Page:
Researchers observed the Aggah campaign using Bit.ly, BlogSpot and Pastebin to distribute variants of the RevengeRAT malware.
According to Palo Alto Networks’ Unit 42, the Aggah campaign began with an email sent on March 27. This email appeared to originate from a large financial institution and informed recipients that their accounts had been locked.
Under this ruse, the email passed along a malicious Word document that attempted to load a remote Object Linking and Embedding (OLE) document via template injection. The OLE document contained a macro that decoded and executed a Bit.ly link pointing to a BlogSpot post. Subsequently, the post used Pastebin entries to download additional scripts that downloaded a variant of the RevengeRAT malware family as the campaign’s final payload.
Initially, Palo Alto Networks found that the campaign targeted two countries based in the Middle East, but further analysis revealed a larger effort to prey upon nearly a dozen verticals in the U.S., Europe and Asia.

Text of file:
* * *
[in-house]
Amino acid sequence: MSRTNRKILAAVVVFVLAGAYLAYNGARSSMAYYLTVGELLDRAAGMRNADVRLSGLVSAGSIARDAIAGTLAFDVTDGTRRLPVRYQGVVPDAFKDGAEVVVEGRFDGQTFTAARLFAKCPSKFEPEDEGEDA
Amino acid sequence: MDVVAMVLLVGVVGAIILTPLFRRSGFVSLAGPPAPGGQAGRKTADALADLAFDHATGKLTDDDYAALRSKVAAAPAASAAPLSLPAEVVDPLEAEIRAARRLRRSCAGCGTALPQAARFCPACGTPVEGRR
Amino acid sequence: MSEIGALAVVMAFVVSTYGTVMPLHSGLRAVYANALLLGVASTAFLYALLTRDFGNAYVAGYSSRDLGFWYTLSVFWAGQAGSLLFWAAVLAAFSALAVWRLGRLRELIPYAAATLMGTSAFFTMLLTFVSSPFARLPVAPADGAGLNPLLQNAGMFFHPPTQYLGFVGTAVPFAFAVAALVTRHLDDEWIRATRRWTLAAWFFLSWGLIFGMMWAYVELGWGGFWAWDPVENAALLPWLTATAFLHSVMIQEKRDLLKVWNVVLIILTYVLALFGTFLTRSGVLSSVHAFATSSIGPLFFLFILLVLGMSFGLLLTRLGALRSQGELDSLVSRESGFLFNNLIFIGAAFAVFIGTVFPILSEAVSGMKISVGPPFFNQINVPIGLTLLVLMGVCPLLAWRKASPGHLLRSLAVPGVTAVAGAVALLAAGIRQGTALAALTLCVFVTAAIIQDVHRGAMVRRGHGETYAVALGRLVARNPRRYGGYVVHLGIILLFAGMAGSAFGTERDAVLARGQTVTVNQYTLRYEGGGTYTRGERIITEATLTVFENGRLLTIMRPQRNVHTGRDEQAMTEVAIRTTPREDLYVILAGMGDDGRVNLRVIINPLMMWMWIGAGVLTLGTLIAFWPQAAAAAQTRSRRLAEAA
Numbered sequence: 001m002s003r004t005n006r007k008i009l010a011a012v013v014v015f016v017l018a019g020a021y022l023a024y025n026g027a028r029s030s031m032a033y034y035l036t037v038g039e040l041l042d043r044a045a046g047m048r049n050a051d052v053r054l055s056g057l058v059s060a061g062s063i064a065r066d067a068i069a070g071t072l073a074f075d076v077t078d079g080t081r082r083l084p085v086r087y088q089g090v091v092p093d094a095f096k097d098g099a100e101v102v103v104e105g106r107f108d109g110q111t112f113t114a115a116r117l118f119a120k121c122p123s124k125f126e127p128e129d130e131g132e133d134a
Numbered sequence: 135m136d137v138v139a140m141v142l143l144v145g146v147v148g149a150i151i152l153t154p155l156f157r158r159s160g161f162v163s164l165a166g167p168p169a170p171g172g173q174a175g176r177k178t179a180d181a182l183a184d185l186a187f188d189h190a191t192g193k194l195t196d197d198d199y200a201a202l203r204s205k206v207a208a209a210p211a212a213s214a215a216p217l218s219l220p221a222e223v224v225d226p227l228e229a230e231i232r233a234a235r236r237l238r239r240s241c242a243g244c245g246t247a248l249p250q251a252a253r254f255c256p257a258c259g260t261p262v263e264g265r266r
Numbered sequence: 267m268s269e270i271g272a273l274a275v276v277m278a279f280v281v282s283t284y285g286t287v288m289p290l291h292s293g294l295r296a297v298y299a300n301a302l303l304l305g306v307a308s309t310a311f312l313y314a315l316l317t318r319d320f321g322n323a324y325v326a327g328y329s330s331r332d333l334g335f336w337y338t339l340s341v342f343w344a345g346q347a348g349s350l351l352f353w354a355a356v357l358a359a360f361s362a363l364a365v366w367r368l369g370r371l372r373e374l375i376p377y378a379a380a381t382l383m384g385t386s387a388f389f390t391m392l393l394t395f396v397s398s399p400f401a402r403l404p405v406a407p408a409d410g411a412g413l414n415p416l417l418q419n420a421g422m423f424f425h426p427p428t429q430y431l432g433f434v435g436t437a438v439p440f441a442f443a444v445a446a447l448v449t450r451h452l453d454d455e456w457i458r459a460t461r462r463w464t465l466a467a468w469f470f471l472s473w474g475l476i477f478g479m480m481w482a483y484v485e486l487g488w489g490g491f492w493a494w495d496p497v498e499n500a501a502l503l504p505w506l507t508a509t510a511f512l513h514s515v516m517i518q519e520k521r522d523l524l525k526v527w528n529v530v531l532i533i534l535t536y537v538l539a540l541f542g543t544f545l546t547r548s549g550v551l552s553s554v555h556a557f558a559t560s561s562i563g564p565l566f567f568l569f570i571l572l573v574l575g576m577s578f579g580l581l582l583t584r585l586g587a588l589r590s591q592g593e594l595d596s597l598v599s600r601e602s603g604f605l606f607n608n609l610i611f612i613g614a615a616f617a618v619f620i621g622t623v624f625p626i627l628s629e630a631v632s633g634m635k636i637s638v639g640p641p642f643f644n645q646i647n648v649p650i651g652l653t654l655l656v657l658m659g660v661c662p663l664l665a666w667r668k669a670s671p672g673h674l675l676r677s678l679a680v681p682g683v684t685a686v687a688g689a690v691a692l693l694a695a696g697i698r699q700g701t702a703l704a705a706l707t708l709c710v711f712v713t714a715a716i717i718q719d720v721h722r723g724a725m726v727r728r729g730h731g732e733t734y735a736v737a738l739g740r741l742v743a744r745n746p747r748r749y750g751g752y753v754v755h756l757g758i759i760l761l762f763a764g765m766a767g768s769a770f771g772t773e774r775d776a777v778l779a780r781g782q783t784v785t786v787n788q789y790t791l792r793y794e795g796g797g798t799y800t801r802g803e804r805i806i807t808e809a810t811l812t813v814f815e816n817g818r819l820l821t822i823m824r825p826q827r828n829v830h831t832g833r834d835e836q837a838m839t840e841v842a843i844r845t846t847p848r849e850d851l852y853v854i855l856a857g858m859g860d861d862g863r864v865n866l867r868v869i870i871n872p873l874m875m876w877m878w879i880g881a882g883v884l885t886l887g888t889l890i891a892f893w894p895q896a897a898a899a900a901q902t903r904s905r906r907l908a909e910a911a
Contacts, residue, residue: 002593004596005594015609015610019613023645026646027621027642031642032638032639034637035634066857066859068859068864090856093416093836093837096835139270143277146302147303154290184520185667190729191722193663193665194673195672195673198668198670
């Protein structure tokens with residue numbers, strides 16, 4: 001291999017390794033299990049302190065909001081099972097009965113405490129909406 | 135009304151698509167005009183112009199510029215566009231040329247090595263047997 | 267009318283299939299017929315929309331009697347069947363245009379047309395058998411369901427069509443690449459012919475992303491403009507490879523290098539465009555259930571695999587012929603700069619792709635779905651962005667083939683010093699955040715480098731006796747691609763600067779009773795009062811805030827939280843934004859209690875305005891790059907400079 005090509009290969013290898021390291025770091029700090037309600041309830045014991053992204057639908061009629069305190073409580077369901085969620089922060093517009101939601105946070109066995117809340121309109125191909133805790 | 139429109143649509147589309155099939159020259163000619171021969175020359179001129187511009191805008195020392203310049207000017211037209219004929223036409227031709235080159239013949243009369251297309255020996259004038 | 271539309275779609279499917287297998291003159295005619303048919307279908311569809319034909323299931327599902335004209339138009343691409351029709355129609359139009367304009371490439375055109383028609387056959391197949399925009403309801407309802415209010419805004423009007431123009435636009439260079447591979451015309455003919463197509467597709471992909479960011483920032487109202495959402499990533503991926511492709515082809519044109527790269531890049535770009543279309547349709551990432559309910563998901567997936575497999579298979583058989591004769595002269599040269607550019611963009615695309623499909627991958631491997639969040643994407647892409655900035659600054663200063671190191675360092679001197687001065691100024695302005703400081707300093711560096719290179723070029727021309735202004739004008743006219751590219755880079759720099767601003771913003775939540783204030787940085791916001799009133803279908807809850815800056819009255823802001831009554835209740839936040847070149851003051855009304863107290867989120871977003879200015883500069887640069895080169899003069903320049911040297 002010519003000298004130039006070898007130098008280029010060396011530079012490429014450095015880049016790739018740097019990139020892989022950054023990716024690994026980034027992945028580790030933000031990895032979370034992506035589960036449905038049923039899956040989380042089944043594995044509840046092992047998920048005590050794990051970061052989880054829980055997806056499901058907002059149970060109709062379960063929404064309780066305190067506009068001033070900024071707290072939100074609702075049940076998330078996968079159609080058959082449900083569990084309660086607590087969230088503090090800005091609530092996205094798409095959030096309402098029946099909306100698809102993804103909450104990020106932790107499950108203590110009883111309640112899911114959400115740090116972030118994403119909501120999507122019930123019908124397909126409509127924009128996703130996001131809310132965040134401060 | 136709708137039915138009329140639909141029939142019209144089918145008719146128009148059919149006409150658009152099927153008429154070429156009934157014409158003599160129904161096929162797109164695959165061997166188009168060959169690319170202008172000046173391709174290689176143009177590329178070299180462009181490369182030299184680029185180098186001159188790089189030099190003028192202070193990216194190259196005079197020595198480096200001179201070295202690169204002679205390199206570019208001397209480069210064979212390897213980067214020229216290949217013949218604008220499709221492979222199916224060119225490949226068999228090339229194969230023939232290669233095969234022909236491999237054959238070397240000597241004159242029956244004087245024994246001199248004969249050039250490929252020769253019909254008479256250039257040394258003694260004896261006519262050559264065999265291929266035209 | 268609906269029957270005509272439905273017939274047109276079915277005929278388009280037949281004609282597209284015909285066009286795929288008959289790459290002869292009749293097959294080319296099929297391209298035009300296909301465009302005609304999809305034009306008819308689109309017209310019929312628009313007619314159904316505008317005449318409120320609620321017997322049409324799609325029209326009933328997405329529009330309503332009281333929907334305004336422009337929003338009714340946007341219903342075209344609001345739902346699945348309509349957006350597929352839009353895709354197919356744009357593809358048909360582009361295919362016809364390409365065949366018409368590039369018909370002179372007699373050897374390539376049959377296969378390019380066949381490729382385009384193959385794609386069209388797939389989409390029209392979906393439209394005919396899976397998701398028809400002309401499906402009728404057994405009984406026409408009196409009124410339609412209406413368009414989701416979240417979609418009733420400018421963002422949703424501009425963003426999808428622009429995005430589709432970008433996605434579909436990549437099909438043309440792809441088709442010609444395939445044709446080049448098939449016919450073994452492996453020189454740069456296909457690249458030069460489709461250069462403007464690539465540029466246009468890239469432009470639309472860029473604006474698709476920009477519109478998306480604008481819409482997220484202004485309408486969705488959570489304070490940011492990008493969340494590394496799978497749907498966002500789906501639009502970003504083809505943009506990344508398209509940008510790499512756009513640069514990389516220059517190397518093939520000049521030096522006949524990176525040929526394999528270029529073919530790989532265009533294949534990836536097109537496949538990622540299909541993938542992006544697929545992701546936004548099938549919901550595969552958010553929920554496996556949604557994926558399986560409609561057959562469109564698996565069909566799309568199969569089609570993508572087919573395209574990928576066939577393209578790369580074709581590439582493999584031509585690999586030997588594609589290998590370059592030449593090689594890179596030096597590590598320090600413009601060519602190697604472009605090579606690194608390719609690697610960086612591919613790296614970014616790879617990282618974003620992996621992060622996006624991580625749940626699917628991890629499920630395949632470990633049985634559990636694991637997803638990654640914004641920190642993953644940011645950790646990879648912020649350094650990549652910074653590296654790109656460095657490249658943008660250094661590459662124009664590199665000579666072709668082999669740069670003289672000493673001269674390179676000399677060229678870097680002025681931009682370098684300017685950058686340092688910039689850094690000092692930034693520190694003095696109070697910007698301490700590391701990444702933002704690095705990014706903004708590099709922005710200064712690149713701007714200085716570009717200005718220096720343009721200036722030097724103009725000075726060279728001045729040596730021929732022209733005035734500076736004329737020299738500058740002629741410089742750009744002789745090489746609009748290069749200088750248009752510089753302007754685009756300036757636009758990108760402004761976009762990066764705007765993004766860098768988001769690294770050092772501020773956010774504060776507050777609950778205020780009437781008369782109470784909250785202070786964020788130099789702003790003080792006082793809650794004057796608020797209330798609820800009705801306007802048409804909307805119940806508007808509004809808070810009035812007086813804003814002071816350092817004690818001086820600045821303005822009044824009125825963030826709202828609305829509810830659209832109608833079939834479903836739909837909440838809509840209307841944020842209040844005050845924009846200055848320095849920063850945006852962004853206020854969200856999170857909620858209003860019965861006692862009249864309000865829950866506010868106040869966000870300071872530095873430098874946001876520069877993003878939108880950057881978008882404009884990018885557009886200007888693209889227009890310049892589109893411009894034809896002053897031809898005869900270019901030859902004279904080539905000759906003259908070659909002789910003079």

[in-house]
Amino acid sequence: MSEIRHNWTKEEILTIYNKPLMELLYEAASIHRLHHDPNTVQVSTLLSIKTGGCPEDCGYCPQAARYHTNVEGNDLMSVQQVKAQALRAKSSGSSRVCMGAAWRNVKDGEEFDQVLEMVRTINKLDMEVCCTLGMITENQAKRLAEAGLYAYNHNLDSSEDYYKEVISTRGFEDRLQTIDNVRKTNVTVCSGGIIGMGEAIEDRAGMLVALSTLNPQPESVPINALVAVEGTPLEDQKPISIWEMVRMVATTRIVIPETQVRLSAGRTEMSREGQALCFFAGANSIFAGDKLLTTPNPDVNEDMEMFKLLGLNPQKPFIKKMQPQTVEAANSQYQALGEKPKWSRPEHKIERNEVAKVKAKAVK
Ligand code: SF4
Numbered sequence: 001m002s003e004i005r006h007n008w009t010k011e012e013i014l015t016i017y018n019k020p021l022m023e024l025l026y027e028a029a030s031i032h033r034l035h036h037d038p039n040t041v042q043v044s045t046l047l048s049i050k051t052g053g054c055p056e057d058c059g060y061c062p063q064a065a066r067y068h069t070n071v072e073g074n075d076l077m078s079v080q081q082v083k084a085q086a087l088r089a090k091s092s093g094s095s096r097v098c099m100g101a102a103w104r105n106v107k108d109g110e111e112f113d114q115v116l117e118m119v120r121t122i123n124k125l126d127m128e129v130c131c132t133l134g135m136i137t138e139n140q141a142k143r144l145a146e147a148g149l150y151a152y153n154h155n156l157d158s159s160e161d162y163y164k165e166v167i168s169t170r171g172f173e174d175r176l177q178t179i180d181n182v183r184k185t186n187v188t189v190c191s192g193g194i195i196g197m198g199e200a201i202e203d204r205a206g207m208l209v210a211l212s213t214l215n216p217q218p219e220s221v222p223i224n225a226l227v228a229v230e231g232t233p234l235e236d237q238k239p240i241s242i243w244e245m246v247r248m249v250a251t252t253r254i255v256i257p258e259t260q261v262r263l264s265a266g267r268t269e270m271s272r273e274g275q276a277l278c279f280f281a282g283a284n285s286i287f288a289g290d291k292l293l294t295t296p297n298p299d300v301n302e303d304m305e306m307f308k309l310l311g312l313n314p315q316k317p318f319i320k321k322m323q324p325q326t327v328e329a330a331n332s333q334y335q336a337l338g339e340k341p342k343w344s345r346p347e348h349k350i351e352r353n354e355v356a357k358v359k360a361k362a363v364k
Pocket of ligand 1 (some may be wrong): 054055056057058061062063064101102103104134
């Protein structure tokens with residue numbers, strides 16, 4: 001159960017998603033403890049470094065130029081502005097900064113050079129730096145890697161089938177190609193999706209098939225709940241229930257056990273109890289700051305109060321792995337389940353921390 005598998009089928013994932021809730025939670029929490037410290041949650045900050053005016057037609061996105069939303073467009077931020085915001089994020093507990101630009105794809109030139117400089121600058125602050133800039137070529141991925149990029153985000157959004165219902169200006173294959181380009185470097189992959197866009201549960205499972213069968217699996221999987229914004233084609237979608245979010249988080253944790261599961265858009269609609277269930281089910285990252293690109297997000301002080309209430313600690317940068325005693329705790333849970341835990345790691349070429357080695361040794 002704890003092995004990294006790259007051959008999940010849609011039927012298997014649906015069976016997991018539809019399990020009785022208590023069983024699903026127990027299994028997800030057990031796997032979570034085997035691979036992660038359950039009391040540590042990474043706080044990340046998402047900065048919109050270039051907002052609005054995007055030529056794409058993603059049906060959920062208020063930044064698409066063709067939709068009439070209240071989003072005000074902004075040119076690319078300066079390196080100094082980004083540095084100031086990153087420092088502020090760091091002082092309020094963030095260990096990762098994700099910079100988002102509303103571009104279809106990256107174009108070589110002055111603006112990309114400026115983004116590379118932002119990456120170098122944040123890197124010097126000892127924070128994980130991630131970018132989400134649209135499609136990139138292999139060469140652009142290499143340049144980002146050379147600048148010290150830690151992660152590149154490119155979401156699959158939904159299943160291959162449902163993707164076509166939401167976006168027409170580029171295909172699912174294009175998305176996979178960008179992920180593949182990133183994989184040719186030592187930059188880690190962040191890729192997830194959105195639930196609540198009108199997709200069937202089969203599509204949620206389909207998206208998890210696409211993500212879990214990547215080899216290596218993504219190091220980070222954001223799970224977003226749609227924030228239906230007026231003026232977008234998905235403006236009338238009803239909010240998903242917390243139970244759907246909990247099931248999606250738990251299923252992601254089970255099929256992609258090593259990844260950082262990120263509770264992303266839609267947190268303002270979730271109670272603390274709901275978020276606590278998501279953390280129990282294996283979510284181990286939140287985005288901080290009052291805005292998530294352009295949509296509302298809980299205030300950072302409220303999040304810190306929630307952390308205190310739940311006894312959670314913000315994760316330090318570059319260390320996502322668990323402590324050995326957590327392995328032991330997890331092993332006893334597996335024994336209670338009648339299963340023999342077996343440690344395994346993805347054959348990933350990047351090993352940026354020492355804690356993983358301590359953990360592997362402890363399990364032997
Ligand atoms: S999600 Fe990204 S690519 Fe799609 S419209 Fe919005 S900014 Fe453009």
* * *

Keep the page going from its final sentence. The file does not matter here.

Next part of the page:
The Rise of RevengeRAT
As reported by Softpedia, an Arabic-speaking malware coder first began advertising RevengeRAT for free on underground forums in June 2016. The author released a more sophisticated version of the malware just two months later.
Since then, researchers have spotted numerous campaigns spreading around the remote access tool. For instance, RSA detected one campaign in October 2017 that used malspam to deliver the malware. In February 2019, Cofense discovered an attack that also leveraged BlogSpot posts and Pastebin to infect users with RevengeRAT.
How to Stay Ahead of the Aggah Campaign
Security professionals can help defend their organizations against an operation like the Aggah campaign by using ahead-of-threat detection. This method helps security teams spot potentially malicious domains before threat actors incorporate them into their attack campaigns. Organizations should also use VBA editor and other tools to inspect PDFs, Microsoft Office documents and other email attachments for malicious macros.